The icing on the cake is the fact that you can experiment with different cable attachments to see which you find most comfortable.

Incline Smith machine skull crusher

A man performing an incline Smith machine skull crusher

There are two ways to do an incline Smith machine skull crusher: One, you can face the Smith machine and lower your head under the bar. Or, for a more traditional feel, you can perform incline skullcrushers using the Smith machine as if you were lifting a barbell.

The Smith machine version is safer than the barbell variation (in some respects), providing that you use the safety stops because you can easily let go of the bar without any consequences when you reach failure.

On the other side of the coin, doing incline skull crushers on the Smith machine might hurt your elbows because the machine forces you into a fixed bar path—a range of motion that you would never follow on the free weight variation.

Similarly, since Smith machine bars are straight rather than curved, they can also hurt your wrists by forcing them into an unnatural, fully-pronated position.

For these reasons, although the exercise can work, most people are better off sticking with free weights for the incline skullcrusher.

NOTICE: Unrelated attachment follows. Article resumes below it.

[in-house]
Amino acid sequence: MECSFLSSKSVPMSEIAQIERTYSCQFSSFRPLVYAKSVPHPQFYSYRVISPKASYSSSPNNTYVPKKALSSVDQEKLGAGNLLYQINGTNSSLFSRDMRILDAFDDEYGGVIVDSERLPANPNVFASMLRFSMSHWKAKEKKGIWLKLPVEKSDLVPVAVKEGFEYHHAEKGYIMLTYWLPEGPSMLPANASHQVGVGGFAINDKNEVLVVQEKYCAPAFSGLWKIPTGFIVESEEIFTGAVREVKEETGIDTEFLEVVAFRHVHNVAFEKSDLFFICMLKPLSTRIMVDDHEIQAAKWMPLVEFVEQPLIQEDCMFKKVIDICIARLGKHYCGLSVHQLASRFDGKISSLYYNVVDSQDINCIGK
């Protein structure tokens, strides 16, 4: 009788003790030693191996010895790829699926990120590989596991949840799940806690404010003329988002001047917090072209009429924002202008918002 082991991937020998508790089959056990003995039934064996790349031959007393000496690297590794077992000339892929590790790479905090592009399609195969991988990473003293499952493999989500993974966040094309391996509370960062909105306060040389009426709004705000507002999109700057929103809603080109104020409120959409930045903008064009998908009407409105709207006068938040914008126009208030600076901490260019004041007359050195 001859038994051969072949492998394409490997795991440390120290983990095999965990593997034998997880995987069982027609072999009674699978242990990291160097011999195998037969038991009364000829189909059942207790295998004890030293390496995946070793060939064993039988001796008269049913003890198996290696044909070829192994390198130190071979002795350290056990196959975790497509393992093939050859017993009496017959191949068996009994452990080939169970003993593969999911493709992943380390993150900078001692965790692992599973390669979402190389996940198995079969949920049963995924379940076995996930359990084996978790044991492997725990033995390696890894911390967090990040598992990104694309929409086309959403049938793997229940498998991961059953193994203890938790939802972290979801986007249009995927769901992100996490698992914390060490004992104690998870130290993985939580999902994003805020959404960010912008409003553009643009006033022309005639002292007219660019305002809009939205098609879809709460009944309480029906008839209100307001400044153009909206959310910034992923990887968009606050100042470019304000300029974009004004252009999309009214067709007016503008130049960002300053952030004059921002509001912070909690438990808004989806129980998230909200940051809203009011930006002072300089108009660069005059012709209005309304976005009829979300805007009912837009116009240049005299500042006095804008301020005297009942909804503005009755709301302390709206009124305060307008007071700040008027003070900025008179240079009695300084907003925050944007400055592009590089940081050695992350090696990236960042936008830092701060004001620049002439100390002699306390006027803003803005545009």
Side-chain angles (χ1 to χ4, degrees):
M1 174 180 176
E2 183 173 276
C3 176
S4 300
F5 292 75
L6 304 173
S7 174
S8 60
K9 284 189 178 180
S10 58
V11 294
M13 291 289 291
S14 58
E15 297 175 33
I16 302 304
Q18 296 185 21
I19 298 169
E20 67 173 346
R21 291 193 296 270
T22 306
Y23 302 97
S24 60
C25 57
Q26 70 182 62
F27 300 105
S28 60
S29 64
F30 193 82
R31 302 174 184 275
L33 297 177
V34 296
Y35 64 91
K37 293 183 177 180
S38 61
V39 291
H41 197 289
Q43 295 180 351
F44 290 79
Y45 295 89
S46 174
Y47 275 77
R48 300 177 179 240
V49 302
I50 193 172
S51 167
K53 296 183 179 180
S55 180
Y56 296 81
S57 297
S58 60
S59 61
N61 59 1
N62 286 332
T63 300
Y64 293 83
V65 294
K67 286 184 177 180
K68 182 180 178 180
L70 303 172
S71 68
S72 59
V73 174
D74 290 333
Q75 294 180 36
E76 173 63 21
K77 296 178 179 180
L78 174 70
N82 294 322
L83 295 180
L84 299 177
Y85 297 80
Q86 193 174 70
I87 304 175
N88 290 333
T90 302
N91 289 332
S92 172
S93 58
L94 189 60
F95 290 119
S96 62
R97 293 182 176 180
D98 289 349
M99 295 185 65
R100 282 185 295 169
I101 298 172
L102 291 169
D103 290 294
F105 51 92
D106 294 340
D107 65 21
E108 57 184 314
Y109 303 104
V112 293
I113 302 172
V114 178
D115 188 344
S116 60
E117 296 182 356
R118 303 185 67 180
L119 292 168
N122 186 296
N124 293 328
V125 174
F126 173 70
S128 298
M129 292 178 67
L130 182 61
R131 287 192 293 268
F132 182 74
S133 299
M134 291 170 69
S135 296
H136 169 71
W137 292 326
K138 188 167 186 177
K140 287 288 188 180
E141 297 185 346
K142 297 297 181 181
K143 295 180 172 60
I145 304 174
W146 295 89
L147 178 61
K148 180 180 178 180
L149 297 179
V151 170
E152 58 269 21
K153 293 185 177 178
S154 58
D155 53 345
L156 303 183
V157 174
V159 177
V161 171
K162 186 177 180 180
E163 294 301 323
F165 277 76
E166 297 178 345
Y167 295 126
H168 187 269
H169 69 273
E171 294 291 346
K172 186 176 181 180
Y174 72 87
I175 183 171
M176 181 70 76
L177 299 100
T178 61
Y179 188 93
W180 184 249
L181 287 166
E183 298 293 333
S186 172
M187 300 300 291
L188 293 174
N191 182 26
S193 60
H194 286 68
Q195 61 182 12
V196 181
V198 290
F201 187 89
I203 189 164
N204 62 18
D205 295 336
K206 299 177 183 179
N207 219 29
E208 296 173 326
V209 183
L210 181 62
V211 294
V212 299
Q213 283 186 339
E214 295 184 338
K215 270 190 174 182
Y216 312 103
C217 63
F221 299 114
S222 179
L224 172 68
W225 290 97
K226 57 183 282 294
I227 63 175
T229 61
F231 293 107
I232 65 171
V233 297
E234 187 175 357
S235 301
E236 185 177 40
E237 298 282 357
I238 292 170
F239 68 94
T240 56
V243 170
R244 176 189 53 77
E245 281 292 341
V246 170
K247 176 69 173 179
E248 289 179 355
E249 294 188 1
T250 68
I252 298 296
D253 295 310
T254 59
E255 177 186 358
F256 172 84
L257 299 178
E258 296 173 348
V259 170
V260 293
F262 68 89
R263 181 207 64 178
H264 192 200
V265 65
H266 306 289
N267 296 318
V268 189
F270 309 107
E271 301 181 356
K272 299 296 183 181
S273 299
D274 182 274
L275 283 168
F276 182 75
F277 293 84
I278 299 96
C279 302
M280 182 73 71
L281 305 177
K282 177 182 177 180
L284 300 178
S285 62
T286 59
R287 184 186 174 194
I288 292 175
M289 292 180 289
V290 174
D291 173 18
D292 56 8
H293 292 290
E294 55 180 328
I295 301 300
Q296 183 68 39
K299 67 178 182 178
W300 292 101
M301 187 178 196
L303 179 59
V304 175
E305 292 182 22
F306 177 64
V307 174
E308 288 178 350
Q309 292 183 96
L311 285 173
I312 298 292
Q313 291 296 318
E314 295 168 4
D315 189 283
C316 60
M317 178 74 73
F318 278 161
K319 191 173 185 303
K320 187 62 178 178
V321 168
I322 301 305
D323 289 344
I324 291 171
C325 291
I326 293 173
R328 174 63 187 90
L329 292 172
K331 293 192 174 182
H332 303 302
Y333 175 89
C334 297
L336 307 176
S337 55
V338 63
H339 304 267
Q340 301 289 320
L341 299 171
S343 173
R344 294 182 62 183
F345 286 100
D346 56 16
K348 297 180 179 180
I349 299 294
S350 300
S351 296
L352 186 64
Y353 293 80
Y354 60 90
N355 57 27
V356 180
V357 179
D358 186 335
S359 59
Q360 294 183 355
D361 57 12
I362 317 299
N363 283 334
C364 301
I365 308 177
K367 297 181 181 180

Incline kettlebell skull crusher

A man performing an incline kettlebell skull crusher

Like their dumbbell counterpart, incline kettlebell skull crushers are the ideal exercise for minimizing tricep size asymmetries because they force you to lift each weight independently.

Unlike DB incline skull crushers, the kettlebell version has you hold the weights with a pronated grip.

Some lifters believe that this hand position intensifies the peak contraction. But considering that triceps activation isn’t affected by elbow position, the enhanced contraction is likely just as a result of them squeezing their triceps harder in anticipation of this supposed next-level contraction.

The downside of incline kettlebell skull crushers is that it can be hard to gain strength regularly if you don’t have an extensive set of kettlebells at your disposal. While a 5lb weight jump might not seem like much, it can be more than a 50% increase in many cases. Would you ever just randomly increase your bench press working weight by 50%?